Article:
“One-Fourth of 340B DSH Hospitals at Risk of Losing Eligibility Due to Pandemic, Analysis Finds.” This is a shocking headline that recently caught my eye as I was perusing the 340B Report. The article further goes on to explain that an analysis of hospital Medicare cost reports for 2019 and 2020 show that about one out of 10 current 340B sole community hospitals (SCHs) and rural referral centers (RRCs) also are at risk. This is primarily due to COVID-19 pandemic-related changes in patient mix. The DSH calculation is based on inpatient days and for many months during the worst of the pandemic, hospitals had to reduce inpatient admissions. With too few Medicaid or Medicare beneficiaries as inpatients, the DSH calculations could fall below the required 11.75% for DSH, PED, or CAN hospitals, or 8% for SCH or RRC.
Bipartisan legislation has been introduced to protect hospitals from losing their eligibility for the 340B program based on shifts in patient case mix due to the public health emergency.
A group of senators led by Sen. John Thune (R-S.D.) on March 16 introduced S. 773, a bill that would prevent 340B hospitals from losing access to drug discounts if their DSH adjustment percentage drops below the statutory minimum because of COVID-related patient mix changes. The legislation would provide this eligibility protection throughout the public health emergency.
A group of House members led by Rep. Doris Matsui (D-Calif.) on May 13 introduced H.R. 3203, a bill similar to the Senate measure but with expanded eligibility protections. The House bill also applies to: DSH hospitals that enrolled in 340B after the COVID public health emergency began; DSH hospitals that already lost eligibility for the program; and DSH hospitals that had to change their 340B registration status to sole community hospital (SCH) or rural referral center (RRC) to stay in the 340B program.
340B Health summarizes that it supports both measures which, protect hospitals from losing access to 340B discounts during any period for which a hospital’s eligibility is based on a DSH adjustment percentage that was affected by the COVID-19 public health emergency. 340B Health, echoed by Turnkey SpendMend Pharmacy, urges advocacy by contacting your lawmakers. 340B Health has posted an email template that will prepare and send messages to your senators and House member asking for their support. If one of your lawmakers already has cosponsored the legislation, the template will prepare and send a thank-you note to that member of Congress. email template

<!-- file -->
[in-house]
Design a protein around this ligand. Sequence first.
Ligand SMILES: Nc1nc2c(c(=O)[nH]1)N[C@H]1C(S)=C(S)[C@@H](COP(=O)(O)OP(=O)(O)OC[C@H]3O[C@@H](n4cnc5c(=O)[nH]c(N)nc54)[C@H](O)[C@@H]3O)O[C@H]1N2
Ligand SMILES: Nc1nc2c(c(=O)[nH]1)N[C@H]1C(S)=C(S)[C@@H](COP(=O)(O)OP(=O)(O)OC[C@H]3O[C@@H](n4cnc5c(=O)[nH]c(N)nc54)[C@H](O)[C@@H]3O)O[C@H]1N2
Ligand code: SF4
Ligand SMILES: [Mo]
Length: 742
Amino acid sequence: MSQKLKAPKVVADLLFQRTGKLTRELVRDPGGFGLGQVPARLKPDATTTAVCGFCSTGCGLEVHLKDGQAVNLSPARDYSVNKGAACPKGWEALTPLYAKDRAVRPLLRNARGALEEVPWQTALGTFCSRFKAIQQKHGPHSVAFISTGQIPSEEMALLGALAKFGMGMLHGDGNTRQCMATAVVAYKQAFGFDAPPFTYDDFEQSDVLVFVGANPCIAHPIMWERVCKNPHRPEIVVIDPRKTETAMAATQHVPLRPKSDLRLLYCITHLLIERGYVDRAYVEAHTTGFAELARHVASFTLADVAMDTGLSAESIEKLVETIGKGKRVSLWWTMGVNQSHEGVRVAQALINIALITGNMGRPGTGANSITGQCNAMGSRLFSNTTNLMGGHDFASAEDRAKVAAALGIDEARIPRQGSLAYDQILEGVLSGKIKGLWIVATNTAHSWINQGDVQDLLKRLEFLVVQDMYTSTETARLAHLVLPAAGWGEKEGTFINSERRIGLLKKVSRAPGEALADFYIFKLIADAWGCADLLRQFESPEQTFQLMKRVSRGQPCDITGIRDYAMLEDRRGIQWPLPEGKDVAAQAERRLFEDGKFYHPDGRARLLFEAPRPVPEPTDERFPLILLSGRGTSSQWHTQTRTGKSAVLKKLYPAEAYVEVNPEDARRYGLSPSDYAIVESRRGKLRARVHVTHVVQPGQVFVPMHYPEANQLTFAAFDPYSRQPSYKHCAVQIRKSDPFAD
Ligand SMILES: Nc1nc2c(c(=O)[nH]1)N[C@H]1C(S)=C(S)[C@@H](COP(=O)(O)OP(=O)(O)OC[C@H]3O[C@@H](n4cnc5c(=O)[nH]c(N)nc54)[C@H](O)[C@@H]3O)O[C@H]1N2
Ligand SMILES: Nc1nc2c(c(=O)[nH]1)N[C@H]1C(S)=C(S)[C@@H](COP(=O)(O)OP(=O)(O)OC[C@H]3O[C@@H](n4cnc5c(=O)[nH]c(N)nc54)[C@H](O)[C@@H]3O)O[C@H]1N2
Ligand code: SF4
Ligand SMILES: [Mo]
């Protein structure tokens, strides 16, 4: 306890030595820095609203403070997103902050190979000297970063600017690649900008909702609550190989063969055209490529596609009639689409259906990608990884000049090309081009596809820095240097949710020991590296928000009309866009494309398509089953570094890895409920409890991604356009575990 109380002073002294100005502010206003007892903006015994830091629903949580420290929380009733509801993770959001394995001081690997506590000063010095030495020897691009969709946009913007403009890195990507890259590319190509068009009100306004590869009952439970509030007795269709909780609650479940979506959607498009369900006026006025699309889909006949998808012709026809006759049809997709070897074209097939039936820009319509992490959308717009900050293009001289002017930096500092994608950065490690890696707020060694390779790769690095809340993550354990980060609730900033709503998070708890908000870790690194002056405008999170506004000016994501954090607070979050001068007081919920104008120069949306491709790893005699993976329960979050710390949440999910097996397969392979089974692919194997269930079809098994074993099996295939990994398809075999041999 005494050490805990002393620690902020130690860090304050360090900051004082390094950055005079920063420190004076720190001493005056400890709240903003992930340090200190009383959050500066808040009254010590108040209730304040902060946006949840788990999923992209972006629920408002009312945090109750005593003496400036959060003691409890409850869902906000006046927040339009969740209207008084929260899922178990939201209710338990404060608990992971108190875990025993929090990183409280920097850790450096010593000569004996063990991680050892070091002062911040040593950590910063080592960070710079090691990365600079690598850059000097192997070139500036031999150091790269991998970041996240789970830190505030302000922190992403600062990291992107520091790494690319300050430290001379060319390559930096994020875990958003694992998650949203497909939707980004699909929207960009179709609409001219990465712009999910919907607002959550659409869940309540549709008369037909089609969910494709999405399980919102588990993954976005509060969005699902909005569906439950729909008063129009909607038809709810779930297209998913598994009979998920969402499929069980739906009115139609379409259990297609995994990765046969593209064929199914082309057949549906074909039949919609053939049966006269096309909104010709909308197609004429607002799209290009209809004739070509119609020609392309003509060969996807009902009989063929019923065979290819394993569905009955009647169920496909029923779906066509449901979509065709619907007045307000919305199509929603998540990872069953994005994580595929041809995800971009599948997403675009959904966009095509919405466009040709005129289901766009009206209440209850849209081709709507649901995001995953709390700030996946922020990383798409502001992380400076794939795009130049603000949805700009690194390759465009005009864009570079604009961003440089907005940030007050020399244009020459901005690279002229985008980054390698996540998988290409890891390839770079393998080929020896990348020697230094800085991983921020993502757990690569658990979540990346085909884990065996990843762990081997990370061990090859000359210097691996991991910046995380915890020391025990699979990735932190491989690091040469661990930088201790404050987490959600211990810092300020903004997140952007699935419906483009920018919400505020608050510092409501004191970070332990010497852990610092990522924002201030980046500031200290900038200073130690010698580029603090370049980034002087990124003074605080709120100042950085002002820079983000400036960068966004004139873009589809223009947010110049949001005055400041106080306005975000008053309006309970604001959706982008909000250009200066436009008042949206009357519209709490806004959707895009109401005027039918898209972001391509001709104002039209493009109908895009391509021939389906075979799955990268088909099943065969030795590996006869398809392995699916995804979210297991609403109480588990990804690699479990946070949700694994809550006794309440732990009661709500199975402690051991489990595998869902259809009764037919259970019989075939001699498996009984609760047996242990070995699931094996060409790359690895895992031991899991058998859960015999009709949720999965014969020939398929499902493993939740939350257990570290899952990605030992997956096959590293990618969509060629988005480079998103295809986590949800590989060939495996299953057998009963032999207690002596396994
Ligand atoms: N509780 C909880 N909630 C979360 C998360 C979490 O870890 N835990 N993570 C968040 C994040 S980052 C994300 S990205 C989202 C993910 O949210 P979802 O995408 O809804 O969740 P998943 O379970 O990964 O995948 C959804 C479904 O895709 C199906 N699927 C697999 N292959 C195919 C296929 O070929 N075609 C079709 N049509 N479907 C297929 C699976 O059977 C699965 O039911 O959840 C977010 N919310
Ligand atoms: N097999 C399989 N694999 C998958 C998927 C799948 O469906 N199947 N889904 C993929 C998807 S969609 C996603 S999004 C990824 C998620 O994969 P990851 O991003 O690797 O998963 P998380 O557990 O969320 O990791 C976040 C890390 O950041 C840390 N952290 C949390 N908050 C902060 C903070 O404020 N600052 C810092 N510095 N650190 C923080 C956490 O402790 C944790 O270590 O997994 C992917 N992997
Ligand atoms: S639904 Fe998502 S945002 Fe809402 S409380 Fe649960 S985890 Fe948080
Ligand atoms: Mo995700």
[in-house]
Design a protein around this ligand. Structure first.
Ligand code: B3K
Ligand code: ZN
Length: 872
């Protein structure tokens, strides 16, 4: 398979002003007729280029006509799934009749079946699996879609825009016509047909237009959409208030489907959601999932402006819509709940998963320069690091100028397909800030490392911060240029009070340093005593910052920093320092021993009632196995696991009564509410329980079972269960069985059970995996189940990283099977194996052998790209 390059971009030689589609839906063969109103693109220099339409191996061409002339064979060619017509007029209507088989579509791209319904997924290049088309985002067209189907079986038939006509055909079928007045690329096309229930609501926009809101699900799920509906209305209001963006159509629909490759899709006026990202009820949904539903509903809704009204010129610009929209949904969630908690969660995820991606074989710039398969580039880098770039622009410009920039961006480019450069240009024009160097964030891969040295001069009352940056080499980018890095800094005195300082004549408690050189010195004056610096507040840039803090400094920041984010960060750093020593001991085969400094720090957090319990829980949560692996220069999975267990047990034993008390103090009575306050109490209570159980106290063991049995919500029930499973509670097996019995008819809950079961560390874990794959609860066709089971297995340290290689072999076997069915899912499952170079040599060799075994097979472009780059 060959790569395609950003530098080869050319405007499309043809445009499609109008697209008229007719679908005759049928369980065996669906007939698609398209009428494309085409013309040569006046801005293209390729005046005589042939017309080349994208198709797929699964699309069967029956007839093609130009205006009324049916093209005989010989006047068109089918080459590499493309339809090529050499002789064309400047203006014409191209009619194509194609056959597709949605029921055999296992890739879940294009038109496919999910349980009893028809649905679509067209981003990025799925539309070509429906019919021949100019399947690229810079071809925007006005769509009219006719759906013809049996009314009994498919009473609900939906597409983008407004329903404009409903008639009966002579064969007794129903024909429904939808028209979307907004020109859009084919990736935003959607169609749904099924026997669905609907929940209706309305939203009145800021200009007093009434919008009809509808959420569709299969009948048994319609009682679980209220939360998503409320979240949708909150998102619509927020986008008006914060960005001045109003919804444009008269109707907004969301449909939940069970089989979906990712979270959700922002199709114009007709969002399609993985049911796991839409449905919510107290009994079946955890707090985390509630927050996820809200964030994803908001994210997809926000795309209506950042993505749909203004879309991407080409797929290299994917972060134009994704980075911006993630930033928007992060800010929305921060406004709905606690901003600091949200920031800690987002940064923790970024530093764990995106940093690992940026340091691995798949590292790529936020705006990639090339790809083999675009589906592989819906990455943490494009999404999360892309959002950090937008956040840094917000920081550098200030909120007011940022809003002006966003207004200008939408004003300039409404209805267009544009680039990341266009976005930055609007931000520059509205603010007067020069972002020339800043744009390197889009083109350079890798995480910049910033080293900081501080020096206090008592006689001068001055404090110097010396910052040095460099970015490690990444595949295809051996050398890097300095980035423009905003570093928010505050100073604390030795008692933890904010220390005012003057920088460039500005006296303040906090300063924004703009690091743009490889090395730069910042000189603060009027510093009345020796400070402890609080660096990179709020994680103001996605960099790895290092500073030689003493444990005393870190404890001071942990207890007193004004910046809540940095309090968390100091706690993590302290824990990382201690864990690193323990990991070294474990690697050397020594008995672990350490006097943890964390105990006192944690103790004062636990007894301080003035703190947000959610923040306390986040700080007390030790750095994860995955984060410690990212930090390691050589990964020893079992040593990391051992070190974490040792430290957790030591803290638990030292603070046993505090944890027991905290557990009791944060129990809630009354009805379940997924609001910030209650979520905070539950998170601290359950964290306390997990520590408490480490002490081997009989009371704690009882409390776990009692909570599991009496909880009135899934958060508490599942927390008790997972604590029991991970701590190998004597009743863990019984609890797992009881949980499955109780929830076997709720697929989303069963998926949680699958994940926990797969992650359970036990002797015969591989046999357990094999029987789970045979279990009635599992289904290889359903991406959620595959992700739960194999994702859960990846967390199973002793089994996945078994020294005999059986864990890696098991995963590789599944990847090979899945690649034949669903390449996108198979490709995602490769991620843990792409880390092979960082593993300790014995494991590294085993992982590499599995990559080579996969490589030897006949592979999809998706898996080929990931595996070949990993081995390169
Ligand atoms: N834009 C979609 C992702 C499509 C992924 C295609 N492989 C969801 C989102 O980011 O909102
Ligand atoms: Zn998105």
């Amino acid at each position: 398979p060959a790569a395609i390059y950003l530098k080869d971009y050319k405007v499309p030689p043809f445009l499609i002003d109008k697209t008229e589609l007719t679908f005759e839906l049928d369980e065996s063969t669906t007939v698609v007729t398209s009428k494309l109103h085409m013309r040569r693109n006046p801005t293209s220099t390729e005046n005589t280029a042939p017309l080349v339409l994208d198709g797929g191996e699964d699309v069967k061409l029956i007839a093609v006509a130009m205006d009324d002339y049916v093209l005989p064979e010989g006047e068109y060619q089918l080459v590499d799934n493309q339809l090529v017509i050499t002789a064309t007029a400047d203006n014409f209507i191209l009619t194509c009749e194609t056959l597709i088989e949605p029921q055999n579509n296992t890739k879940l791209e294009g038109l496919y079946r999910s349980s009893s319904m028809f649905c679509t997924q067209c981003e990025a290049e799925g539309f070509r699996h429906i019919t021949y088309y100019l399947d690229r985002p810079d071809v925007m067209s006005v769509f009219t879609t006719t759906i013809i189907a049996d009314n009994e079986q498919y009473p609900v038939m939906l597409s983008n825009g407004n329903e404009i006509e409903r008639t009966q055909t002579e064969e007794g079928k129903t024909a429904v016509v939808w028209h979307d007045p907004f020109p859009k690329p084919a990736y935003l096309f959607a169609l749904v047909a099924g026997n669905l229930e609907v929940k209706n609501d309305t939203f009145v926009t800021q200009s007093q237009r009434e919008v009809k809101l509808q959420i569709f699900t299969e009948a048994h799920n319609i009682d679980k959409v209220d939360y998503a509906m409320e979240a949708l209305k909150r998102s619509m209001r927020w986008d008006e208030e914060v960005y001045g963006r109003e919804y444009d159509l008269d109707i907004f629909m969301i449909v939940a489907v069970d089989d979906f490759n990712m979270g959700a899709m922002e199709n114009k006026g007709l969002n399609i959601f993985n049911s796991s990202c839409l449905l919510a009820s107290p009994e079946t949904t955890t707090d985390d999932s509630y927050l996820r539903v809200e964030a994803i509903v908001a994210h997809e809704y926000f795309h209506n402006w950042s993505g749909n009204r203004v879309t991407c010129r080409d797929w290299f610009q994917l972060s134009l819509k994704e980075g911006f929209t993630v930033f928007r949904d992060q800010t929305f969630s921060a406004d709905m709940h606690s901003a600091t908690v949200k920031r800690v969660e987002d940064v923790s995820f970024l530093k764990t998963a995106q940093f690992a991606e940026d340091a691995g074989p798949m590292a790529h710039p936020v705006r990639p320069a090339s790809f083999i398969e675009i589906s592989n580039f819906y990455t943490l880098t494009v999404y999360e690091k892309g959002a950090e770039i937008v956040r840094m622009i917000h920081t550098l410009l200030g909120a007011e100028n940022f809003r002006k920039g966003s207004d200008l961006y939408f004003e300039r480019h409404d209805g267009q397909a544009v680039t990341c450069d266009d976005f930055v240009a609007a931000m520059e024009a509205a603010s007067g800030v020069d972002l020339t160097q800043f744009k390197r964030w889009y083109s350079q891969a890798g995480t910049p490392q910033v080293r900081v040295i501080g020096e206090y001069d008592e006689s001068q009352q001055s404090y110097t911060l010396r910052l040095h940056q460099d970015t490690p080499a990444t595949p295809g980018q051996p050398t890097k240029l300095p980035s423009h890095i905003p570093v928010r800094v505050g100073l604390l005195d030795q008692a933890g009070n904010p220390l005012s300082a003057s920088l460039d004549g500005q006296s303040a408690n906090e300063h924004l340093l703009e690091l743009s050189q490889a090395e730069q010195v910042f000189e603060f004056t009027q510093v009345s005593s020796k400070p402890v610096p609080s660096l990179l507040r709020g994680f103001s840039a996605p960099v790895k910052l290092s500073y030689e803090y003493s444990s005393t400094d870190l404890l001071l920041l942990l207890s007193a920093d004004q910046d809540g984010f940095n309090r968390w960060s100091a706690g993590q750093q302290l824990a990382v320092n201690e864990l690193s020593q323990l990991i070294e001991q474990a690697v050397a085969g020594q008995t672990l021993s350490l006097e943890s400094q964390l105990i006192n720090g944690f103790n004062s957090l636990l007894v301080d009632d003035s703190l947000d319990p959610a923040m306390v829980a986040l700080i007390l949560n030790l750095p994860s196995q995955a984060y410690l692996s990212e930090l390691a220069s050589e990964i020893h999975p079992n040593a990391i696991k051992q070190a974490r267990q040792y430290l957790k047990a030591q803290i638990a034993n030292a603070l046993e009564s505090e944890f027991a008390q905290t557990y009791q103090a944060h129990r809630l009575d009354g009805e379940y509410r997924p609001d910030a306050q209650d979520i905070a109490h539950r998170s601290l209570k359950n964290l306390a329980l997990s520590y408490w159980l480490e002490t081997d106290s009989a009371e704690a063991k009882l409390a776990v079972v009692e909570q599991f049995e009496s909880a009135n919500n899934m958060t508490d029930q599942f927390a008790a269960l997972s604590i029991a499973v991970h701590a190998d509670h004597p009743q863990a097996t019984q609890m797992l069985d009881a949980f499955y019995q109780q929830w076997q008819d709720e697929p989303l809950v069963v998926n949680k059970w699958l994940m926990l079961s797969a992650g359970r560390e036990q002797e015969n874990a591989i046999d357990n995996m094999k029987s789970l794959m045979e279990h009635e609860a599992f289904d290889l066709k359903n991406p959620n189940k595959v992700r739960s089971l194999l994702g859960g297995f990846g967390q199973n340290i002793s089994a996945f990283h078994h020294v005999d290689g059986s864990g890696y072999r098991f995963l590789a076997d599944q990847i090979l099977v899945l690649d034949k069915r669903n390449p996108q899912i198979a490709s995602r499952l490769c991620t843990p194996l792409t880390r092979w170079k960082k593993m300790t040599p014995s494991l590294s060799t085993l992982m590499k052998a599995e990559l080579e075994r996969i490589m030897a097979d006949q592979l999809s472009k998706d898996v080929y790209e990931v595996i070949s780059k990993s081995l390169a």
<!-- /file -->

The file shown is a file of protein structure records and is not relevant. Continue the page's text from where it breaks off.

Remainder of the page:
According to the 340B Report writer Tom Mirga, the legislation’s odds of enactment (mentioned above) are slim unless attached to a higher-profile, must pass bill. So, the risk of 340B Program termination is real, get your voice heard and advocate.
For a few some of you who may already be in the planning stages of 340B Program termination, below are a few things to consider.
Straight from HRSA.gov/OPA/FAQs
Q: If an entity learns it may no longer be 340B eligible, must it notify HRSA?
A: Yes, it is the covered entity’s responsibility to notify the HRSA Office of Pharmacy Affairs immediately if the entity learns it may no longer be 340B eligible.
From Apexus: HRSA FAQ ID: 1373
Last Modified: 05/28/2020
Q: What actions does HRSA expect an entity to take if it loses 340B Program eligibility?
A: Covered entities should stop purchasing 340B drugs immediately upon losing eligibility. The entity must complete a termination request on 340B OPAIS and answer the following three questions:
1) The date the entity became ineligible; 2) The circumstances surrounding the loss of eligibility; 3) The last date 340B drugs were purchased. Covered entities should work with the manufacturer to determine the most appropriate method for handling. There may be several options for handling the drug inventory once eligibility is lost. These options will depend upon the specific circumstances but may include transferring the inventory to an associated covered entity site/pharmacy that is still 340B registered, credit/rebill, return, or destruction according to state law. Covered entities should keep auditable records and ensure the process is transparent to manufacturers and wholesalers.
Some Additional Turnkey Spend Mend Pharmacy TidBits to Know When DSH% Drops Below Required Amount:
- Termination date is the date the MCR is filed with an ineligible DSH%.
- Notify HRSA in the form of immediate termination on OPAIS. FAQ 1373 had previously suggested notification in writing, however, this is no longer the case.
- Notify Wholesaler to put a stop on 340B and WAC accounts. Begin purchasing on the GPO account only. If not subject to GPO prohibition, put a stop on 340B accounts
- Notify Split Billing vendor (TPA) of termination. Ask that orders be no longer split. Begin process of reversal/reclassification which would be best to be done within 60 days post filed cost report (date when DSH dropped) and the time allowed for reclassification.
- Consider having the IS team stop data transfer to TPA but verify with TPA first.
- Set up meeting with consultant to discuss accumulator action if needed. (For all 340B Universes)
- Notify contract pharmacies of termination
- Notify State(s) of Termination if Carve-In as NPI’s won’t fall off MEF until the following quarter.
- Work with Revenue Cycle/Business Office to remove all 340B reimbursement modifiers from billing (including Medicaid and Medicare Part B) effective on the MCR file date.